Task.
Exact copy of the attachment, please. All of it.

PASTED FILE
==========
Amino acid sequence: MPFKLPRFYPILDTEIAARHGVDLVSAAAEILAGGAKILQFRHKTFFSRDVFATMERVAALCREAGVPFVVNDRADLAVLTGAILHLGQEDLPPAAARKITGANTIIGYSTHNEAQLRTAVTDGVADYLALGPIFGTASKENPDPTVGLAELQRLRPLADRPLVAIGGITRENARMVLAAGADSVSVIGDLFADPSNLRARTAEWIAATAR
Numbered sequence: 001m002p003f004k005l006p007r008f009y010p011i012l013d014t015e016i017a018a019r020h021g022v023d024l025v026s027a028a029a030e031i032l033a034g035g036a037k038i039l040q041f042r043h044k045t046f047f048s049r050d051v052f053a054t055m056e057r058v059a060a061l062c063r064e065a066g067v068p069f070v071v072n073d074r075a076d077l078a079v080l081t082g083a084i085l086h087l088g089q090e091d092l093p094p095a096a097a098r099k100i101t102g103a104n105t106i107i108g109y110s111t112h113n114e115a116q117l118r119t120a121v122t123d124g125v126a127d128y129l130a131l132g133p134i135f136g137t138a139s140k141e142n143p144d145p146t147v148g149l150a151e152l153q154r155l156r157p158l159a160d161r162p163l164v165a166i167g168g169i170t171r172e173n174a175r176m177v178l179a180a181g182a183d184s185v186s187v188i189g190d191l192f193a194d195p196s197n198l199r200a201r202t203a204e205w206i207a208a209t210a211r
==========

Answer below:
Amino acid sequence: MPFKLPRFYPILDTEIAARHGVDLVSAAAEILAGGAKILQFRHKTFFSRDVFATMERVAALCREAGVPFVVNDRADLAVLTGAILHLGQEDLPPAAARKITGANTIIGYSTHNEAQLRTAVTDGVADYLALGPIFGTASKENPDPTVGLAELQRLRPLADRPLVAIGGITRENARMVLAAGADSVSVIGDLFADPSNLRARTAEWIAATAR
Numbered sequence: 001m002p003f004k005l006p007r008f009y010p011i012l013d014t015e016i017a018a019r020h021g022v023d024l025v026s027a028a029a030e031i032l033a034g035g036a037k038i039l040q041f042r043h044k045t046f047f048s049r050d051v052f053a054t055m056e057r058v059a060a061l062c063r064e065a066g067v068p069f070v071v072n073d074r075a076d077l078a079v080l081t082g083a084i085l086h087l088g089q090e091d092l093p094p095a096a097a098r099k100i101t102g103a104n105t106i107i108g109y110s111t112h113n114e115a116q117l118r119t120a121v122t123d124g125v126a127d128y129l130a131l132g133p134i135f136g137t138a139s140k141e142n143p144d145p146t147v148g149l150a151e152l153q154r155l156r157p158l159a160d161r162p163l164v165a166i167g168g169i170t171r172e173n174a175r176m177v178l179a180a181g182a183d184s185v186s187v188i189g190d191l192f193a194d195p196s197n198l199r200a201r202t203a204e205w206i207a208a209t210a211r